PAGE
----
The RSC, however, wore their Friedrich with a difference. While the figure in the painting is turned away from the observer, allowing maximum audience identification with the anonymous profile, Tennant was invited to face the viewer head on, looking out of the picture with what might be described as fear or contempt. The slight variation was almost certainly motivated by a desire to sell tickets (and posters of a pinup star), but it is also possible, given Tennant's performance, to view the shift of the actor's shoulders as far more significant than it initially appears. The combination of charismatic casting of a major star with the use of Friedrich's iconic image seems to imply a Romantic approach to Hamlet, a reading that encourages audiences to identify subjectively with an emotionally tortured soul. I would suggest, however, that Tennant's turn towards the camera signals a rather different approach to the play. Gazing at the viewer, the sharply individualized figure in the poster forbids subjective identification. By turning back from the cliff's edge--away from "not to be" and towards "to be"--the figure shifts from personal introspection towards revenge action where madness is a tactic rather than a state of mind and Hamlet is no wilting flower or, as Goethe would have it, shattering vase. To the contrary, Tennant's Hamlet was a figure more than up to his task, a man whose behavior--not just his potential--marked him as the most exemplary member of a brilliant and cunning court circle. In short, Gregory Doran's "backwards" production, signaled by the turn of the lone wanderer's back in the poster, flew in the face of its own Romantic, character-driven marketing strategy and offered an interpretation influenced by Neoclassical views of the play as a tale of intrigue and revenge."

Shakespeare Bulletin 26.4 (Winter 2008) Laura Grace Godwin. 

April 16, 2012

David's likeness appearing in Jonathan Ross's comic has been in the news this past week but he has appeared in several comics as Doctor Who.

IDW - an American Comic Book company and they produced the first ever story created specifically for the American market.  Doctor Who (2008) issues 1-6 (Jan - Jun) were supposed to have been separate stories each month but ended up being one story as a mini-series and the series was also re-marketed as a graphic novel called Agent Provocateur.  The cover of the novel was the same cover as issue one and the story was written by Doctor Who story editor Gary Russell.  These comics were not available in the UK.

The next 6 issues from August 2008- January 2009 were called Doctor Who: The Forgotten and featured all ten Doctors.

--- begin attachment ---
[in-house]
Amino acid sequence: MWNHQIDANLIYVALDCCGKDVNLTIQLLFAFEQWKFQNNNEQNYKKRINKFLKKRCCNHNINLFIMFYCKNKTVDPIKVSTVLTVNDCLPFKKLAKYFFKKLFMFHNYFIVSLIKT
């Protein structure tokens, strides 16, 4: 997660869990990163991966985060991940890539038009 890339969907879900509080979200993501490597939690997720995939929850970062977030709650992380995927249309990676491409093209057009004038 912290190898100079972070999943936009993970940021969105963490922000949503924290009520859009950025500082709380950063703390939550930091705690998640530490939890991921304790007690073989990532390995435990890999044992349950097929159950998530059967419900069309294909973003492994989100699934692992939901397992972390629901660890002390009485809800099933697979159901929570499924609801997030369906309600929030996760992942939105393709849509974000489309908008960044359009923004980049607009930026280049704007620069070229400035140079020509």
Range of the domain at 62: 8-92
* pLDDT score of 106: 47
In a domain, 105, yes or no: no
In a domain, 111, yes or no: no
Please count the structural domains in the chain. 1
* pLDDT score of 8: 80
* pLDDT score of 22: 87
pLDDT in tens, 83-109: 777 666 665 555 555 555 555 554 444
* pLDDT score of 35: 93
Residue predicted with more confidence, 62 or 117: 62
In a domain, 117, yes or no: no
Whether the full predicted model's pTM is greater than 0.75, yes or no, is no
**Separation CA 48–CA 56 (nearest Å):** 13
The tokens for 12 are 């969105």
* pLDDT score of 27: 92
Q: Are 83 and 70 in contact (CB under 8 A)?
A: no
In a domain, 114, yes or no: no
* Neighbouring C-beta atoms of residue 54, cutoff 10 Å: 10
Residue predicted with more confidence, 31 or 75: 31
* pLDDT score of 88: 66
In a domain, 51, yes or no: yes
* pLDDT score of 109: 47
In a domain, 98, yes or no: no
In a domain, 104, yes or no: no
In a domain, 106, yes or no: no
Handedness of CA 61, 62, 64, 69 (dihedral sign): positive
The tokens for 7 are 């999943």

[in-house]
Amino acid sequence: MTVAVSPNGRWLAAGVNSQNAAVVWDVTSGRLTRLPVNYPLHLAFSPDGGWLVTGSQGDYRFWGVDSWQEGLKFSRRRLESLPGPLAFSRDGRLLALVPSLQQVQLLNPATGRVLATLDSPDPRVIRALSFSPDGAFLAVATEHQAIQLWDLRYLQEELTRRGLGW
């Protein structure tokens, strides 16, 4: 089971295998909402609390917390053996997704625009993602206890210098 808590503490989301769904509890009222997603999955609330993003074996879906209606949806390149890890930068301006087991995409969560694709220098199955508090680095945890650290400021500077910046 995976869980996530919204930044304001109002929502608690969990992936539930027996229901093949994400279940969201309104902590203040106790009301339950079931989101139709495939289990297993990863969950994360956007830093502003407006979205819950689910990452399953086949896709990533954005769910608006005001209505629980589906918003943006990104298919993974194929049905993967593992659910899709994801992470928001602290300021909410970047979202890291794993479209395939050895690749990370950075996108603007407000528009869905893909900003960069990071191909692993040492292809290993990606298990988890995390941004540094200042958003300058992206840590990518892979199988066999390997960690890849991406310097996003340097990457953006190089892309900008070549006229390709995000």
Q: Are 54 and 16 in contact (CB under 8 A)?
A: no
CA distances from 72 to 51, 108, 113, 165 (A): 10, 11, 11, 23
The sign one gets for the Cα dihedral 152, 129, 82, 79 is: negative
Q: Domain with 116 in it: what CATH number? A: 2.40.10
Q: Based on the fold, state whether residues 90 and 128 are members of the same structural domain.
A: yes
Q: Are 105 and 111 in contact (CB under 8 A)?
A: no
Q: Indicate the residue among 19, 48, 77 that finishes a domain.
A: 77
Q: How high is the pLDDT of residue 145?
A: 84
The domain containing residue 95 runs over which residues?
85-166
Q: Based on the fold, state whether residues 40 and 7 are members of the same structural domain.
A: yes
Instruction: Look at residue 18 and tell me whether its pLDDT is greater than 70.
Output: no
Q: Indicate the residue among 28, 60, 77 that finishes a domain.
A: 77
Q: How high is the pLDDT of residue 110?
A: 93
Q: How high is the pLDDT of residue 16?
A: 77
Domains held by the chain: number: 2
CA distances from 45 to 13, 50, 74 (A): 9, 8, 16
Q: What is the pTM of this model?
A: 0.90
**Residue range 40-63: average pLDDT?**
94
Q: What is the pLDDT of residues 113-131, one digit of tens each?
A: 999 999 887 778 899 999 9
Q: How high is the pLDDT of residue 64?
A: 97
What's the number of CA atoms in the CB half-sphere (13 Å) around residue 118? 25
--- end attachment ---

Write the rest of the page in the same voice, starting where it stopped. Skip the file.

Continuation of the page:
The next issues were one shots stand alone stories.  The Whispering Gallery in February 2009, The Time Machination in May 2009 which featured the  tenth, fourth and sixth Doctor.  The June 2009 issue was called Autopia, July 2009 Room with a Deja View, August 2009 Cold Blooded War!, and September 2009 Black Death White Life.  Many of these titles had multiple covers and some even featured a photo of David on the cover.

There was a two part story in July and August 2009 called Silver Scream, a four part story called The Fugitive from September - December 2009, two parter called Tesseract January - February 2010 and two more four parters, Don't Step on the Grass - March - June 2010 and Final Sacrifice - July - October 2010.  

IDW were the last place to create original stories featuring the Tenth Doctor. 

His likeness appeared in the Doctor Who Magazine comics each month  from issue 365 - 416.  Doctor Who Adventures Magazine which was created for the tenth Doctor's younger fans had a comic featuring David from issue 1 - 159.

Issued from September 2006 Doctor Who: Battles in Time Magazine, issued in conjunction with the trading cards of the same name, also featured a strip each issue.   The Doctor Who Annuals from 2007 - 2010 also featured 2 comic strips each.  The Doctor Who Storybooks 2007 -  2010  all contained illustrated stories and one comic strip each.

April 15, 2012

It was six years ago today that David's first regular season Doctor Who episode aired.  New Earth was seen by 8.6 million people that night April 15, 2006.
It was the first episode of the revived series to be set on an alien planet.  All of Christopher Eccleston's episode's were set either on Earth as was Christmas Invasion, or on space stations or spaceships in orbit around Earth.  It is also the first time we see The Doctor use his psychic paper.

The press screening for the episode was held at The Millenium Centre in Cardiff which was also used to film the hospital scenes.  The spot where The Doctor points out he'd put a little shop is where the Centre's real Portmerion shop is located.

Adjoa Andoh who plays Sister Jatt, one of the cat nun's, in this episode, appears in season three several times as Martha's mother Francine Jones.

The giant "BAD WOLF" graffiti written on a paved public area of Rose's estate (seen in Doctor Who: The Parting of the Ways) is still visible, though faded, at the start of the episode.

April 14, 2012

In an interview at the press showing of the Doctor Who episode Tooth and Claw David and Russell put to rest all the rumors that the BBC forced Davies to get rid of David's accent: 

"It didn't bother me one way or another," says Tennant. "It doesn't make me any less Scottish not doing a Scottish accent. But it was nice to have one episode where Russell came up with the idea of the Doctor having a Scottish accent - which remarkably the doctor could do..."

Davies, for his part, strenuously denies that it was a result of any sort of BBC dictat. "I absolutely swear to you on my life!" he protests. 

Scotsman - :April 7, 2006 - Emma Cowing

April 13, 2012

Some actors find it hard to watch themselves on TV  and others are freaked out by seeing their face 20 feet tall in the cinema but of these things are planned activities.  Imagine riding around your town and suddenly seeing your face 20 feet tall, on a billboard!

 Sitting on the bus the other day, actor David Tennant got a fright. Looming above him as he gazed out of the window was a billboard with a giant photograph of himself.